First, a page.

26.10.2021

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Baby Health

Common Rashes in Newborn Babies

As a new parent, it’s natural to worry over rashes and marks that might appear on your baby’s skin. But you’d needn’t panic! Rashes are very common in newborns since their skin is new and their immune systems are still developing. That soft skin is sensitive and rapidly growing, which makes it vulnerable to irritation and rashes.

If you’re unsure of the severity of your baby’s rash, it’s best to get medical assistance. Most of these won’t require any treatment, but they might cause you some anxiety. Rashes in childhood could also have root in a genetic pre-disposition such as eczema, which you might be able to identify from a rash. This guide can help you recognise some of the most common rashes you can expect to see, and when to seek medical treatment.

Common Causes of Rashes

As your baby begins to explore the world around them, they can encounter all kinds of things that might cause irritation. These include:

  • Heat and sweat
  • Allergies and dust
  • Friction
  • Moisture
  • Chemicals and cleaning products
  • Fragrances in cosmetic and hygiene products
  • Fabrics and detergent
  • Faeces and wet nappies
  • Drool
  • Genetic skin conditions

As upsetting as it might be to see your baby suffering from a rash, there are so many causes for marks on growing skin. Be cautious, but try not to fret too much.

Types of Baby Rash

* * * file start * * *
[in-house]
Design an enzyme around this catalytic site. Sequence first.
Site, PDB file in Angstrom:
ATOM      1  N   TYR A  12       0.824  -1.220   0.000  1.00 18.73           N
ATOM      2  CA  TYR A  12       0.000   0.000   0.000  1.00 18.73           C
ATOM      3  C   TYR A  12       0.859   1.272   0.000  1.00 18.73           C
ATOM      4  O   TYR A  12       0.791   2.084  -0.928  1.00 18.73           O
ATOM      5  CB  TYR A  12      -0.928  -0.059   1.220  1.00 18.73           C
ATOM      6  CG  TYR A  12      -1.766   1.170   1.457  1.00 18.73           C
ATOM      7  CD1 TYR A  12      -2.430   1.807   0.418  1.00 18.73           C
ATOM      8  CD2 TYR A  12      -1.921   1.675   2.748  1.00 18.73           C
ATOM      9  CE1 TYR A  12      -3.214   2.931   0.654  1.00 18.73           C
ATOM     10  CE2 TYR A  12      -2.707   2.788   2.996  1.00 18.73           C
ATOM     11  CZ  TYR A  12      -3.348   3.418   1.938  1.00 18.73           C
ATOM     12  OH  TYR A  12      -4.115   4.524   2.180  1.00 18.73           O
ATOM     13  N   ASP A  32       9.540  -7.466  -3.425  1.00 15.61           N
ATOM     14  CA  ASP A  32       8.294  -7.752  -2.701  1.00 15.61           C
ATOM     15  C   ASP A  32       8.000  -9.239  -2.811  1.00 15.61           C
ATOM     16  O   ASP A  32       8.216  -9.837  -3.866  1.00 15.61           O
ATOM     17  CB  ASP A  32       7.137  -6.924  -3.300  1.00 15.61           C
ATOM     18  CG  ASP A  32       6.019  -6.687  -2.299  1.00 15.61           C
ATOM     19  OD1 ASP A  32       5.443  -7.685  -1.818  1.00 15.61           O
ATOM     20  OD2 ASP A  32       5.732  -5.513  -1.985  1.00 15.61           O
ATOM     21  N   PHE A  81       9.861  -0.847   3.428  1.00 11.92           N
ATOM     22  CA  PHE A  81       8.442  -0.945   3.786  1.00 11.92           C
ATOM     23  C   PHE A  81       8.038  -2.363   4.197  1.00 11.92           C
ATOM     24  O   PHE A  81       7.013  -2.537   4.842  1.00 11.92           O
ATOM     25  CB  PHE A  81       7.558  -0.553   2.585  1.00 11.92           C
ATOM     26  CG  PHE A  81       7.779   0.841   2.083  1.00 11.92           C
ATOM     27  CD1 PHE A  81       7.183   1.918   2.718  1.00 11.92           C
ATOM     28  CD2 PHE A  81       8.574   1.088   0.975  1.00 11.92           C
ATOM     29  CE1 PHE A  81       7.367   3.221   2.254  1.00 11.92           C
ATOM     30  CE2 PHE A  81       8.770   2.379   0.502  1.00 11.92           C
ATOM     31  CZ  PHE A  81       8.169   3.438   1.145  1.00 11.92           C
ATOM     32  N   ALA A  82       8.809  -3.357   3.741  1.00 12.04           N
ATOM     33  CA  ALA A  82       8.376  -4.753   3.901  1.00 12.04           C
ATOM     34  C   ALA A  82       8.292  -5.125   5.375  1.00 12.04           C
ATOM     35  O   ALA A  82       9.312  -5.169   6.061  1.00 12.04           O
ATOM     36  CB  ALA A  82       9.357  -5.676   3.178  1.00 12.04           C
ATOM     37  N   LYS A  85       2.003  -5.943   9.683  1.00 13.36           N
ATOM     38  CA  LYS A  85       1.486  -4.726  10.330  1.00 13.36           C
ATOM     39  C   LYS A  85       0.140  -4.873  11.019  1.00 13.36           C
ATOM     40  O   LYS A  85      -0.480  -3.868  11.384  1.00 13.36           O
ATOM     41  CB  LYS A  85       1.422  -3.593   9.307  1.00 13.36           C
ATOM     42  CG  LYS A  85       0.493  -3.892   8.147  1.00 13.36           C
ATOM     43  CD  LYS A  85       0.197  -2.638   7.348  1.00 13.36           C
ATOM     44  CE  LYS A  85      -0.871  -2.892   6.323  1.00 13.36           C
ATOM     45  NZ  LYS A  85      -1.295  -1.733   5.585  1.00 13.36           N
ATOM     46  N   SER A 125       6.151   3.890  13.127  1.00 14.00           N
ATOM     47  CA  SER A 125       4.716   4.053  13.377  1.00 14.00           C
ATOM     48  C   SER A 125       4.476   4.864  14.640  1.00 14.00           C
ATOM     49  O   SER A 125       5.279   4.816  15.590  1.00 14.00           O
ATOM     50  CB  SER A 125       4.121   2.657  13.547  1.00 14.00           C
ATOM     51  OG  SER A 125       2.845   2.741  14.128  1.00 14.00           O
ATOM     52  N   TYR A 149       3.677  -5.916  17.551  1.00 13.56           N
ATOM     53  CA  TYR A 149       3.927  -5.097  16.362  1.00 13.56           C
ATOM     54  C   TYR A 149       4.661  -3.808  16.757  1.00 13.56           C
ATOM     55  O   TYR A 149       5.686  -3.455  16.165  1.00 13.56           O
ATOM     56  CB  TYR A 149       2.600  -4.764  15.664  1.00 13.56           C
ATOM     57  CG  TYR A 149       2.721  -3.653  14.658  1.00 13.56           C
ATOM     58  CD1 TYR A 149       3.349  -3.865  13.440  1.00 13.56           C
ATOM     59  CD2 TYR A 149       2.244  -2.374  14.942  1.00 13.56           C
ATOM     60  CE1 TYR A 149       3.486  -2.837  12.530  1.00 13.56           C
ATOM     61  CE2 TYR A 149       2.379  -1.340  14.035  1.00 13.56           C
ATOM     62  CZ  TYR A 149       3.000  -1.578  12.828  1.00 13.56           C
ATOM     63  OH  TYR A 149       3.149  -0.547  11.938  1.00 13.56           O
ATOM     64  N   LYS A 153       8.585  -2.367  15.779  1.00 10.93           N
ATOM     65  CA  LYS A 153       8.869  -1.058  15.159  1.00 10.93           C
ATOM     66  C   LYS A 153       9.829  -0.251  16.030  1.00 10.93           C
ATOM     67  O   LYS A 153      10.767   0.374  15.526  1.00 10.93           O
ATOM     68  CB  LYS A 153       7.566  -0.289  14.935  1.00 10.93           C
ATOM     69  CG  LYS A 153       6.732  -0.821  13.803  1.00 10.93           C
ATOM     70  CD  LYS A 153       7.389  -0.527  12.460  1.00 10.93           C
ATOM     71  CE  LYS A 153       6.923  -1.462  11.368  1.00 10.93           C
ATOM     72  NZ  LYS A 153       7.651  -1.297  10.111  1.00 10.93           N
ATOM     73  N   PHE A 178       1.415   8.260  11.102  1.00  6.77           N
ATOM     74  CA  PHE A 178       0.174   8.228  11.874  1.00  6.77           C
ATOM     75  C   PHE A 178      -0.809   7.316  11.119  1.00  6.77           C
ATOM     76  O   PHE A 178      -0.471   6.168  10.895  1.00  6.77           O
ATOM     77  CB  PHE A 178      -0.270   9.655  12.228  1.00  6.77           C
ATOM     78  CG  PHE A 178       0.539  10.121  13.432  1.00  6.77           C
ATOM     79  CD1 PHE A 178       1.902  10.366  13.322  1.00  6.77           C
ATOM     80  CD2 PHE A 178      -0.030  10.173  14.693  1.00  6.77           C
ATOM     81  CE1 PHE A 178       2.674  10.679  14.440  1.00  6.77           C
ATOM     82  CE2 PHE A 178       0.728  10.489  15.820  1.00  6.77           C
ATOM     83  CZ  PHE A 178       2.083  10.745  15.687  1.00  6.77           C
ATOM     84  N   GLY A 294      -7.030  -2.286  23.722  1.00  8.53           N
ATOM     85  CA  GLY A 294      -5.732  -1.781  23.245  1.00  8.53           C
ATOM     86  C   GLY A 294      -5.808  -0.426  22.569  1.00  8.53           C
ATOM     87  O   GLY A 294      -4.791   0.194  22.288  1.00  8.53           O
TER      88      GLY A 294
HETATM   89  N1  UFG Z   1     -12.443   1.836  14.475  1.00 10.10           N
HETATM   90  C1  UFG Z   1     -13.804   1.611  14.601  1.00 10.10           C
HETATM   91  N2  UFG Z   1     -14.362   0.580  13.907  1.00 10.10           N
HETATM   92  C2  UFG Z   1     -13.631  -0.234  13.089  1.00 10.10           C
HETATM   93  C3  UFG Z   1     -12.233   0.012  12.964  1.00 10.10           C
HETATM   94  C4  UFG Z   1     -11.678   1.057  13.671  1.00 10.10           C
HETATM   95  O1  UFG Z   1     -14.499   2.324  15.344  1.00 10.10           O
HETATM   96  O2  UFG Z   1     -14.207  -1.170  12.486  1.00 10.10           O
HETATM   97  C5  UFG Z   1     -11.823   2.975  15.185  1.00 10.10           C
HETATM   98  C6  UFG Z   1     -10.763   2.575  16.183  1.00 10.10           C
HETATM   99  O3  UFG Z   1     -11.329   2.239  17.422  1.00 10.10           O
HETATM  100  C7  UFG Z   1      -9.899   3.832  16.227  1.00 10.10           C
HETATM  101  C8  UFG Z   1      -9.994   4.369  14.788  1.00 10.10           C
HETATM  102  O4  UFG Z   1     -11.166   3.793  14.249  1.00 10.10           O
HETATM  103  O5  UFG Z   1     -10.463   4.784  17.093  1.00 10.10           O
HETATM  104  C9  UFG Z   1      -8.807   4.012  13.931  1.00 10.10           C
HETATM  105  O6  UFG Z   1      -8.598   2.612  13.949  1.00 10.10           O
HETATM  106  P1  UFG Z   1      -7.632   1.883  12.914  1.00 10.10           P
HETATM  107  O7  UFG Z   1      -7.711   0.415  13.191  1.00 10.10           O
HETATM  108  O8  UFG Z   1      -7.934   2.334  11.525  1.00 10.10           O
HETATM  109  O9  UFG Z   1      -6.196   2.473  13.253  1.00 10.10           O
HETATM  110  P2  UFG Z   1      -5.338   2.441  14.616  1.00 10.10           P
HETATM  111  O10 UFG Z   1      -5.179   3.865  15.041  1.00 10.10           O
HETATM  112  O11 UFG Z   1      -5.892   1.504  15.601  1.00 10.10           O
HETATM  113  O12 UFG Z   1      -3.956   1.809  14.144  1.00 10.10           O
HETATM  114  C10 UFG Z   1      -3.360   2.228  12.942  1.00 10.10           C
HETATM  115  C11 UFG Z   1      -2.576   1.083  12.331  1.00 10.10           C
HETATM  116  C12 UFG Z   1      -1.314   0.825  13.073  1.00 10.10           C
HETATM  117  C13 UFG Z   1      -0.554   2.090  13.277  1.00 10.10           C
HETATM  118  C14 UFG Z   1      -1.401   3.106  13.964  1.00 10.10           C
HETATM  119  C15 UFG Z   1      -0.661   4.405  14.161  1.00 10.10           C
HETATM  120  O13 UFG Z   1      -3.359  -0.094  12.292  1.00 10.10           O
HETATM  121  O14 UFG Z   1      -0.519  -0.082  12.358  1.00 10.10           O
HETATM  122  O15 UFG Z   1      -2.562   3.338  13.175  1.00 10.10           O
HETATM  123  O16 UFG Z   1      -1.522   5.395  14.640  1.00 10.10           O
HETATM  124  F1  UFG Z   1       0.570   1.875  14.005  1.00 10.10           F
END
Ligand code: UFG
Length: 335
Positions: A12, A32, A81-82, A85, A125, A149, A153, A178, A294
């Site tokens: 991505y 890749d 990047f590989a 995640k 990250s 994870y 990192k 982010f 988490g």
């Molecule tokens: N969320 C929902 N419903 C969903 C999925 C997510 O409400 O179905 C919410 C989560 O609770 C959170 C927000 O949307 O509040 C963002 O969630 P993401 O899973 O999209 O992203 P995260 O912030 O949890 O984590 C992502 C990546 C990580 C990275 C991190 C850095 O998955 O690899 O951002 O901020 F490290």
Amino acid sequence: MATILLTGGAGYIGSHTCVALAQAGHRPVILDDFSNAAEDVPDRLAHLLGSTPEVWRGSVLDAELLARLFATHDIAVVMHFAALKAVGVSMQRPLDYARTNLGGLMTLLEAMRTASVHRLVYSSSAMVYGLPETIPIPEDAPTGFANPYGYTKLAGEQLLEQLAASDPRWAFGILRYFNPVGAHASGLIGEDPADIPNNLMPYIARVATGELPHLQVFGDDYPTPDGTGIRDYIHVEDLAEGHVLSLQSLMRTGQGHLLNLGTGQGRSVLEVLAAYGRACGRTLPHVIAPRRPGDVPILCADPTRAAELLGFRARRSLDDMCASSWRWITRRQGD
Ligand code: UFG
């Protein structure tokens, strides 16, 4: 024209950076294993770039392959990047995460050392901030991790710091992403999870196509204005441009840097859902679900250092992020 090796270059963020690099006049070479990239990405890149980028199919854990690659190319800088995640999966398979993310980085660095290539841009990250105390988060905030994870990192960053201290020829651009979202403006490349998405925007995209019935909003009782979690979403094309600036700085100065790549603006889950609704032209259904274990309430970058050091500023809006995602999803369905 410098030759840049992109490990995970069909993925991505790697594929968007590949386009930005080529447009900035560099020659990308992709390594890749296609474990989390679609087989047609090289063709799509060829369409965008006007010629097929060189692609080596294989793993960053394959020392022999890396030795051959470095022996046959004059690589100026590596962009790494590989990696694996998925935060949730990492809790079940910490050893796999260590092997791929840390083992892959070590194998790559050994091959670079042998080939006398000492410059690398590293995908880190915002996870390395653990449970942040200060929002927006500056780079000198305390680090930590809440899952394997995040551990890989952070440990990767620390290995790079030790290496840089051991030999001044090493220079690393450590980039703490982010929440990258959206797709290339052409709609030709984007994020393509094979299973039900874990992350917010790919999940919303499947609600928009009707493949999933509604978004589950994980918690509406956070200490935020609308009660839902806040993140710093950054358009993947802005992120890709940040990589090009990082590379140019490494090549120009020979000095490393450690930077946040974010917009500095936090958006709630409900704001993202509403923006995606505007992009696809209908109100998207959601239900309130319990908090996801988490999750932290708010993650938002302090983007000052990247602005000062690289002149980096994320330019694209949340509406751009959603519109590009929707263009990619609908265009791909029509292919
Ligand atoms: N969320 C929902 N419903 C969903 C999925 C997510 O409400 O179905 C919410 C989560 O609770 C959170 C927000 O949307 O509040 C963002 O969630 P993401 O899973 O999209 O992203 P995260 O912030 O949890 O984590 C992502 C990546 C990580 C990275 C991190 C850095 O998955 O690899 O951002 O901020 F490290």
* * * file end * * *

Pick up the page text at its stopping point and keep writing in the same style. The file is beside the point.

The most frequent rashes seen in new-borns include:

Baby Acne

Baby with acne rash on face

This is usually seen on the baby’s face, but can also appear on the body. It’s common, and occurs in around 20 percent of newborns.

Symptoms: Red bumps or pimples on the skin, similar to adult acne.

Cause: It’s thought to be caused from increased hormones in the infant or from the mother.

Treatments: Baby acne will usually disappear without need for treatment, but if it lingers past a few months, you can ask a paediatrician for medicated cream.

Cradle Cap

Baby with rash on head

Cradle cap is a harmless rash that appears in a baby’s head. Again, it’s common and should clear up on its own.

Symptoms: Cradle capcauses patches of crusted skin on top of the head. It can also appear on other parts of the body including face and nappy area.

Cause: The cause isn’t fully clear, but it isn’t known to be infectious.

Treatment: You can use baby shampoo to wash the head and use a soft brush to gently loosen skin flakes. Oils such as baby or vegetable oil can also help to soften the area overnight, which you can shampoo off in the morning. Don’t use adult shampoo or soap for this as it may be harsh on baby skin.

Nappy Rash

Baby with nappy rash

This comes from the wetness or acidity of a dirty nappy and affects up to a third of babies. It’s usually more common in babies or toddlers rather than newborns.

Symptoms: Red patches of skin around the nappy area, occasionally with blister or sores.

Cause: Nappy rash can be caused by a baby being left in a dirty nappy without changing. It can also appear from chemicals used in soaps, bubble baths, or alcohol-based baby wipes.

Treatment: The best treatment for nappy rash is prevention. Be sure to change your baby’s nappy regularly.

To help treat a rash, you can apply a layer of cream to act as a barrier when you put on a new nappy. If you keep the baby clean and happy, nappy rash should clear up within 3 days.

Drool Rash